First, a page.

After each boom of John Jaramillo's drum, dozens of other booms follow from eager fourth-graders. They follow his lead, taking cues from his gesturing and his hornlike blowing into a seashell.
The thundering sounds fill the cafeteria at East Lake Elementary School.
Performance artist Jaramillo, along with all four fourth-grade classes at East Lake, performed ritualistic drumming and dancing of the ancient Aztecs of Mexico.
Jaramillo spent the week as an artist-in-residence at East Lake, teaching the students about Aztec culture, music and dance. His visit was sponsored by the Arts and Education Council of Chattanooga and funded by the SunTrust Foundation, Tennessee Arts Commission and the Southern Arts Federation.
He interwove his lessons with the fourth-grade social studies curriculum, including study of the arts and history of Aztecs, whose culture dominated Central America between the 14th and 16th centuries.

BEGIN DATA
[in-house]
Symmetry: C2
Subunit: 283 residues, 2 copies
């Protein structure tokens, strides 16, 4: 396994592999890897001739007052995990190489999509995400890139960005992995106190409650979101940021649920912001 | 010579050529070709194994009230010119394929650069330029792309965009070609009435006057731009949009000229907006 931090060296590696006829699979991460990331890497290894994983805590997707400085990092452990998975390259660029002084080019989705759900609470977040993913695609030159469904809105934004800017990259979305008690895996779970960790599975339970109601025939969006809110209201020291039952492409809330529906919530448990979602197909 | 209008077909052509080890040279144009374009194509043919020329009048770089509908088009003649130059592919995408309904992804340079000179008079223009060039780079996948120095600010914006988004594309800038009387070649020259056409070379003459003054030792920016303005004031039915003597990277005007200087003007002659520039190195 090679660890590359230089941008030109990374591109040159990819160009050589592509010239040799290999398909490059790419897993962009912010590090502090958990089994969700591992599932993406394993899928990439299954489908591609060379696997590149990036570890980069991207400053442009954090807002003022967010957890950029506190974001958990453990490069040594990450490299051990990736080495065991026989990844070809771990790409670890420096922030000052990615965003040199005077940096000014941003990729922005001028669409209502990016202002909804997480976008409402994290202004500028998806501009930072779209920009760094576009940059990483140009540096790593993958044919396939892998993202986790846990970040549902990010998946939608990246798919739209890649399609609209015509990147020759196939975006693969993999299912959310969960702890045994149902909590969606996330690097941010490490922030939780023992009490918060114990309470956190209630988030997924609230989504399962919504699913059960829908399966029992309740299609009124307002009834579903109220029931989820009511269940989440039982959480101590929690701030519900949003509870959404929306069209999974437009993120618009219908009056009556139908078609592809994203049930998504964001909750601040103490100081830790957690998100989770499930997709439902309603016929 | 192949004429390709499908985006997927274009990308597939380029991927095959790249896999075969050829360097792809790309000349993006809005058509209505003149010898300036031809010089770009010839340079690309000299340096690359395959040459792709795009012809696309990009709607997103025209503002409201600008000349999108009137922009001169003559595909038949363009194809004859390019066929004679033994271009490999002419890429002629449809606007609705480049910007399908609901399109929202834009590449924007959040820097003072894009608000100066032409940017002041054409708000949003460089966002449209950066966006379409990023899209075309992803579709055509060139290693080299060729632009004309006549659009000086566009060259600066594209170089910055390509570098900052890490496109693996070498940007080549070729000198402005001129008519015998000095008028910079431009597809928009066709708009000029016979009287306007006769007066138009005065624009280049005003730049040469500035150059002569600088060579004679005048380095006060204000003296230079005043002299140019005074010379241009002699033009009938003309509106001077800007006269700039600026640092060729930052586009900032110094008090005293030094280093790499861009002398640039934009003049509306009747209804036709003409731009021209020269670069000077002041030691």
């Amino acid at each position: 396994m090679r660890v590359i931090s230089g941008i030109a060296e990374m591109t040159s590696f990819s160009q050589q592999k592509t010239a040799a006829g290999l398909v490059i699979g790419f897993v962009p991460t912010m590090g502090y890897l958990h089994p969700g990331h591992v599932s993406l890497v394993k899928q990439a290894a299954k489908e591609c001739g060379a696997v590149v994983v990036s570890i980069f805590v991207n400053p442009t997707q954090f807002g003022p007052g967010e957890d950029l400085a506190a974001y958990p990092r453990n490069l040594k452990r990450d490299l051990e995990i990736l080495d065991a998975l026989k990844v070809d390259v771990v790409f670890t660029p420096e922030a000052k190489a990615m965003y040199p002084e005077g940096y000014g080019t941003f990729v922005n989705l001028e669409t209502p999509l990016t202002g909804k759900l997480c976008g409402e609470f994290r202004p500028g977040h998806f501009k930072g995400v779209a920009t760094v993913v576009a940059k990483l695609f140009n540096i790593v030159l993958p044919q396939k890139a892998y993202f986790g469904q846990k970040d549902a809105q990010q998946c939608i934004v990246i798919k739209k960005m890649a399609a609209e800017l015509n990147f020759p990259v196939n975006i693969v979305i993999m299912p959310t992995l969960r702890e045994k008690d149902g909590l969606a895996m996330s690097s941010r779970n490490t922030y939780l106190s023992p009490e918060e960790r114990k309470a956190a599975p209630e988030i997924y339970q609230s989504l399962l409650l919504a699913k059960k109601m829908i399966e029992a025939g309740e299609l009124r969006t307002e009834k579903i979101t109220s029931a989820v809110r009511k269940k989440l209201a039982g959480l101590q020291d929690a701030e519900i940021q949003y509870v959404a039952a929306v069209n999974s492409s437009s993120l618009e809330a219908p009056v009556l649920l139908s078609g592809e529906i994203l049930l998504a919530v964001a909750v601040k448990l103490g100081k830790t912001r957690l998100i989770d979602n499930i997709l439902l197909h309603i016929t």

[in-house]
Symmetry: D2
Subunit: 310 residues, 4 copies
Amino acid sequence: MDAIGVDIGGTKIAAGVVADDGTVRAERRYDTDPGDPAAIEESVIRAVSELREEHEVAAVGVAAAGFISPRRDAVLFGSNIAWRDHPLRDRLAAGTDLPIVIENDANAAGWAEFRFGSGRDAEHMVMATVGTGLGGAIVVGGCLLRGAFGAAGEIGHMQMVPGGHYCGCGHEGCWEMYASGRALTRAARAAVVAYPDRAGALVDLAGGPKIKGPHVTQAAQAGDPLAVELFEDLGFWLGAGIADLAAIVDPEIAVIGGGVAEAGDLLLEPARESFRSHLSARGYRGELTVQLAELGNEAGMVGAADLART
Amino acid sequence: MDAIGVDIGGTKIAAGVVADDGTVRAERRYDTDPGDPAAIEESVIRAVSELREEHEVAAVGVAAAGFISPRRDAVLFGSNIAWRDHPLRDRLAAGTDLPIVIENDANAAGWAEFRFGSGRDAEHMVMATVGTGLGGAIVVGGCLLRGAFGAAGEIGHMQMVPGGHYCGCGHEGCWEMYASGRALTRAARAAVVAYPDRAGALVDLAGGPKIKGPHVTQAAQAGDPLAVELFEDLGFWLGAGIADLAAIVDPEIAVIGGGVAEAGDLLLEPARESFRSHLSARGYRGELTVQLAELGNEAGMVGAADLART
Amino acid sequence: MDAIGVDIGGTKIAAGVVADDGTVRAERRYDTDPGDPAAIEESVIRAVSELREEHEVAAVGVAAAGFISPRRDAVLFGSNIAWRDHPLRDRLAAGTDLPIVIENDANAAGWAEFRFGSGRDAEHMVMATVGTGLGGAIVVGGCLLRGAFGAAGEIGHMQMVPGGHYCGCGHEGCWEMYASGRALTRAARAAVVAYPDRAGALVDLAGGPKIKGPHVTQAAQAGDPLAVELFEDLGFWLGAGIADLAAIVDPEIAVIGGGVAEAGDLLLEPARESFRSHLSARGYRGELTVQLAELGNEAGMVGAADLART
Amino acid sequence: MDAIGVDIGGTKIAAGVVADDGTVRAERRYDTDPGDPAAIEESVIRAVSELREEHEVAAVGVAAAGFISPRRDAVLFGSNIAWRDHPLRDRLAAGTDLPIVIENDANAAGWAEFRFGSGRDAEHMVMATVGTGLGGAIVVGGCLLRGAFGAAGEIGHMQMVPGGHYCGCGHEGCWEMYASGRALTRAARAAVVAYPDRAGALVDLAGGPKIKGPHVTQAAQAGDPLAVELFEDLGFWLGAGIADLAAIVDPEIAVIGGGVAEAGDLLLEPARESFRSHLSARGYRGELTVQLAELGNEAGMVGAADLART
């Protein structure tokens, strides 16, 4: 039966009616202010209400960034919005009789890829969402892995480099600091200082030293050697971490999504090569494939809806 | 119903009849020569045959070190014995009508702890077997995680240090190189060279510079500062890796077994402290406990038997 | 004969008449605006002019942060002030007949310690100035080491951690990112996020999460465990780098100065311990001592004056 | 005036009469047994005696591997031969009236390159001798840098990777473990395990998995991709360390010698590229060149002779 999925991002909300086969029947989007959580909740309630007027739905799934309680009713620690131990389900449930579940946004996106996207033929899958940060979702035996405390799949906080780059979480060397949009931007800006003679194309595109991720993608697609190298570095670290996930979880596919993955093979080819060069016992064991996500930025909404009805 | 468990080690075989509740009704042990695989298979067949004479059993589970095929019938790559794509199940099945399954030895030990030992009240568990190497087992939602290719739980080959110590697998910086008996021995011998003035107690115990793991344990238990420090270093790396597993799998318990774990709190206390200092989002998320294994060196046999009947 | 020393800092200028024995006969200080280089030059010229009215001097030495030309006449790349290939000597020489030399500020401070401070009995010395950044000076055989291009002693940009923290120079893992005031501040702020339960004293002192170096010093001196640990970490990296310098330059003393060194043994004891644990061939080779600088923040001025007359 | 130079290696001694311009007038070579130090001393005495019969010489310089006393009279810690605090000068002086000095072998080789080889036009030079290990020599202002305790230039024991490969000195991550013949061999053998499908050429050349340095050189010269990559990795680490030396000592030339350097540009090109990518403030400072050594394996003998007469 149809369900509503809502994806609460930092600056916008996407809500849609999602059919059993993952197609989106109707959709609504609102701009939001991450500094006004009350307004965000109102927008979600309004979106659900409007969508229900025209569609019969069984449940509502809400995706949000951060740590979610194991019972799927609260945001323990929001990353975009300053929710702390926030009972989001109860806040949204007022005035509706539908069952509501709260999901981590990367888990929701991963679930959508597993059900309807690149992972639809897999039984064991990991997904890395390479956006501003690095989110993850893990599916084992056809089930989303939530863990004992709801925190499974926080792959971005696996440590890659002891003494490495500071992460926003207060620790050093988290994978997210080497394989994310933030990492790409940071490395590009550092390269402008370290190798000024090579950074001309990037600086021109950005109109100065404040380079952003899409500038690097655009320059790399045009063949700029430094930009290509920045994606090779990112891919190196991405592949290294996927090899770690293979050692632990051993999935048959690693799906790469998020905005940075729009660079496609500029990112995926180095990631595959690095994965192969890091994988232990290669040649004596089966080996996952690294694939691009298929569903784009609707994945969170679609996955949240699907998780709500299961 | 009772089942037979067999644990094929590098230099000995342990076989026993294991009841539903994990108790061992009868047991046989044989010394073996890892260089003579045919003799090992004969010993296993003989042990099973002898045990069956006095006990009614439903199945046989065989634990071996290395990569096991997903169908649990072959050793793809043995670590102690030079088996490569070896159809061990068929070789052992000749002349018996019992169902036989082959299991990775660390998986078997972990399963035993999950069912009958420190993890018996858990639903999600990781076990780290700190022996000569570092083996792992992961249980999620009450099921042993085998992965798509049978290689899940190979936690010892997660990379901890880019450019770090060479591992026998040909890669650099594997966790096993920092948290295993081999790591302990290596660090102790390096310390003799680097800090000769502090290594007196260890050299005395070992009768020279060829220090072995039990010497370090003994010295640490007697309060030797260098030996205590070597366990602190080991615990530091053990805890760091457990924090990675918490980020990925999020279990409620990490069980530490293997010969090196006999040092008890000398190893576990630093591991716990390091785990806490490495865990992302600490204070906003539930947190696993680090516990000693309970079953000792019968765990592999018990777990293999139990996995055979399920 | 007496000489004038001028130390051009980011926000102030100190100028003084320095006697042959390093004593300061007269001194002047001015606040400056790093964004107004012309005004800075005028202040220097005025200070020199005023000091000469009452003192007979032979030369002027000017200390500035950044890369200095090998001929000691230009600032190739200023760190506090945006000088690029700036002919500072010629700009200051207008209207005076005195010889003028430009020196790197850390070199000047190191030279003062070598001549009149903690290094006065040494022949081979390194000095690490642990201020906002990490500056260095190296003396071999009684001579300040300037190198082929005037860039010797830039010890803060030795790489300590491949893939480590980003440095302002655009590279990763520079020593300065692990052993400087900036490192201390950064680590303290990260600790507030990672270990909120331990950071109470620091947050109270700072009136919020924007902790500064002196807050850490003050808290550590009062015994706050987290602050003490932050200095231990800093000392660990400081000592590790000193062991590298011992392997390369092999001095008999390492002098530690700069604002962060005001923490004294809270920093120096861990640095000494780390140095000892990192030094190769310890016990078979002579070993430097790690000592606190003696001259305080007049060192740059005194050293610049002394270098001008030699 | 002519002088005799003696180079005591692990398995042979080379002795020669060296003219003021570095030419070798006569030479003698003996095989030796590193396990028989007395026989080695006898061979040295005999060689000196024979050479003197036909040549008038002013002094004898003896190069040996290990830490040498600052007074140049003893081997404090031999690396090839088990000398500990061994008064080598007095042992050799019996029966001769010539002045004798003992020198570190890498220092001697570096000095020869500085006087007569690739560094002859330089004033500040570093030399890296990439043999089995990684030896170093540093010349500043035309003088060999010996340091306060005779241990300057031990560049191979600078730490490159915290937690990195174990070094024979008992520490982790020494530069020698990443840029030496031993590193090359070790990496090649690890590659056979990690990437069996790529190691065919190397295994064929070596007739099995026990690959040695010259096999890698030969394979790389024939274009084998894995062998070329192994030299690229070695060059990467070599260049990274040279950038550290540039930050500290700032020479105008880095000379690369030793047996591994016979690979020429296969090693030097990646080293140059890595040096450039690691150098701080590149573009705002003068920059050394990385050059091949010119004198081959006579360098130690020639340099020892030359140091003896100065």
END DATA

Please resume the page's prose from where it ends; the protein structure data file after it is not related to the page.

East Lake students made traditional-style drums out of cardboard and adorned them in colorful paints. Jaramillo then taught them several drumming and dancing routines.
"It's kind of an immersion into the Aztec culture," he said.
Students clearly enjoyed the experience. During the musical performance, those who were waiting their turn at the drums mimicked the movements from the audience.
"I think it was fantastic," said fourth-grader Milijah Williams.
Milijah, 9, said she most enjoyed learning how to play on the drums.
"It was pretty easy," said Aaron Sand, also a fourth-grader. "We just followed directions."
And they even learned a little about the art of stagecraft.
"They have to be able to see you," said 9-year-old Aaron. "If you're facing backwards, the audience can't see you."
The grants, which totaled about $8,000, will pay for a week of residency from Jaramillo for four Hamilton County schools this academic year. He's already been at East Ridge Elementary and Calvin Donaldson Elementary, with a trip planned to Chattanooga School for the Liberal Arts, he said.